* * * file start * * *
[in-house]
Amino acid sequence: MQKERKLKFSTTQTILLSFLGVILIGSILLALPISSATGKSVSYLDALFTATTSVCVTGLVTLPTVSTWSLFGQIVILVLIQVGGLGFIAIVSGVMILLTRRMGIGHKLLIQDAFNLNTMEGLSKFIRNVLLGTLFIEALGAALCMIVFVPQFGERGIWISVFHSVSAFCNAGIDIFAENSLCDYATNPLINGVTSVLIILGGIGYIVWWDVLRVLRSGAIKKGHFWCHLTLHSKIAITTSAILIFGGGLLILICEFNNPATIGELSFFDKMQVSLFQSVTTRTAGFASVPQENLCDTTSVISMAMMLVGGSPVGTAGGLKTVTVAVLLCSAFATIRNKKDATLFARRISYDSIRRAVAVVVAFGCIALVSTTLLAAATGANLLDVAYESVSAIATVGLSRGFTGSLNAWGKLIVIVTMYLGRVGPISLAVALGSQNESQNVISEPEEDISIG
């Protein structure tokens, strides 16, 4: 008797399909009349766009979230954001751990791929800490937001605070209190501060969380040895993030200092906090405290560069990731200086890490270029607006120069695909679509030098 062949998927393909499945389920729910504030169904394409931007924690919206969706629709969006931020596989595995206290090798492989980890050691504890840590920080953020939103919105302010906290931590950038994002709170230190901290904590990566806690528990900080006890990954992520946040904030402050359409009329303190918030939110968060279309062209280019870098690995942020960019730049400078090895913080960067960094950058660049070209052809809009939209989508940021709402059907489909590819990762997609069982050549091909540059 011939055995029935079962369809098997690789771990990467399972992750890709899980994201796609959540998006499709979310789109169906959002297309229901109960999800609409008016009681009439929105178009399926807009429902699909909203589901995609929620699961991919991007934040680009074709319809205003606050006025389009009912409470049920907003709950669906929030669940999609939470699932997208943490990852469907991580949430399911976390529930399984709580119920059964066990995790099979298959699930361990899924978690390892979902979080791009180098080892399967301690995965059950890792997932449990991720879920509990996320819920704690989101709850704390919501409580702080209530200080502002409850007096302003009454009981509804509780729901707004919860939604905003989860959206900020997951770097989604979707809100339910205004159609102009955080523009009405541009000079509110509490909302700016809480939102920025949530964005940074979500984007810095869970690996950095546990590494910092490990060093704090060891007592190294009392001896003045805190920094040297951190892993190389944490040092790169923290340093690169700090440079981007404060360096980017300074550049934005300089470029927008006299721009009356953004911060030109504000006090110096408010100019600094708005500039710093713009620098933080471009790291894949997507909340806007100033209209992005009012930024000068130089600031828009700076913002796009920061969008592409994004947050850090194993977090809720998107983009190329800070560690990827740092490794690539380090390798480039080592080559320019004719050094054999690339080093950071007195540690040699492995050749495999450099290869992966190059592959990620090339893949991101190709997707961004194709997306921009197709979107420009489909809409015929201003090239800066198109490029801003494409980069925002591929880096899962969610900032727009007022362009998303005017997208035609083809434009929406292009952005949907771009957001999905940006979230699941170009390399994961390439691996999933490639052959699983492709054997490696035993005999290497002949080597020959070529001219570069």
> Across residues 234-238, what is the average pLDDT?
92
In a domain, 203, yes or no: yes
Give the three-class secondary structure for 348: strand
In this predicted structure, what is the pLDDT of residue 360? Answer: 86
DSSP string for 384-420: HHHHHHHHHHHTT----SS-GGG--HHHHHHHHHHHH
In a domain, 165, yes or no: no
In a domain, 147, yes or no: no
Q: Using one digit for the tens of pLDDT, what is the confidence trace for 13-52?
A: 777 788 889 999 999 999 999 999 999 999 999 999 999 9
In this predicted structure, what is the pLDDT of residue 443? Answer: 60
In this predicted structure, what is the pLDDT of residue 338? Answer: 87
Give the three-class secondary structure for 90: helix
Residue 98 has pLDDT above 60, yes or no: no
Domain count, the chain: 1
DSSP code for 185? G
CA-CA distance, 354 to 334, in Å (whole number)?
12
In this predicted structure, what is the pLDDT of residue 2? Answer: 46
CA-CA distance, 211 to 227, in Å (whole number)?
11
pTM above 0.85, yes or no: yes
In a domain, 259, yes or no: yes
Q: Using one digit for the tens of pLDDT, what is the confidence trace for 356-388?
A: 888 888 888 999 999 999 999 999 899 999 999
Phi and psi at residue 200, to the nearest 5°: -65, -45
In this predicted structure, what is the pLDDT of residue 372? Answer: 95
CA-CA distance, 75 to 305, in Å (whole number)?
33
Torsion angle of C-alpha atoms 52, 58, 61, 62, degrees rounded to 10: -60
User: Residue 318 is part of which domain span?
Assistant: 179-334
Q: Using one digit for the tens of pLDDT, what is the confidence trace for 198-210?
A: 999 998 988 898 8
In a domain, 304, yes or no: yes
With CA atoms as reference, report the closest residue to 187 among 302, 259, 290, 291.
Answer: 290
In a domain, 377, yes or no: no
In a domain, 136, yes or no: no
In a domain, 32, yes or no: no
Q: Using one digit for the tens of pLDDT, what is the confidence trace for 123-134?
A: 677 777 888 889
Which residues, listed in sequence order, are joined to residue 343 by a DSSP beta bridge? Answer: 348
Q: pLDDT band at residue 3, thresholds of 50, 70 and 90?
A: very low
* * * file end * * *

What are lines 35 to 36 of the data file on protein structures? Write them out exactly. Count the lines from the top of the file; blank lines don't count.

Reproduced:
Assistant: 179-334
Q: Using one digit for the tens of pLDDT, what is the confidence trace for 198-210?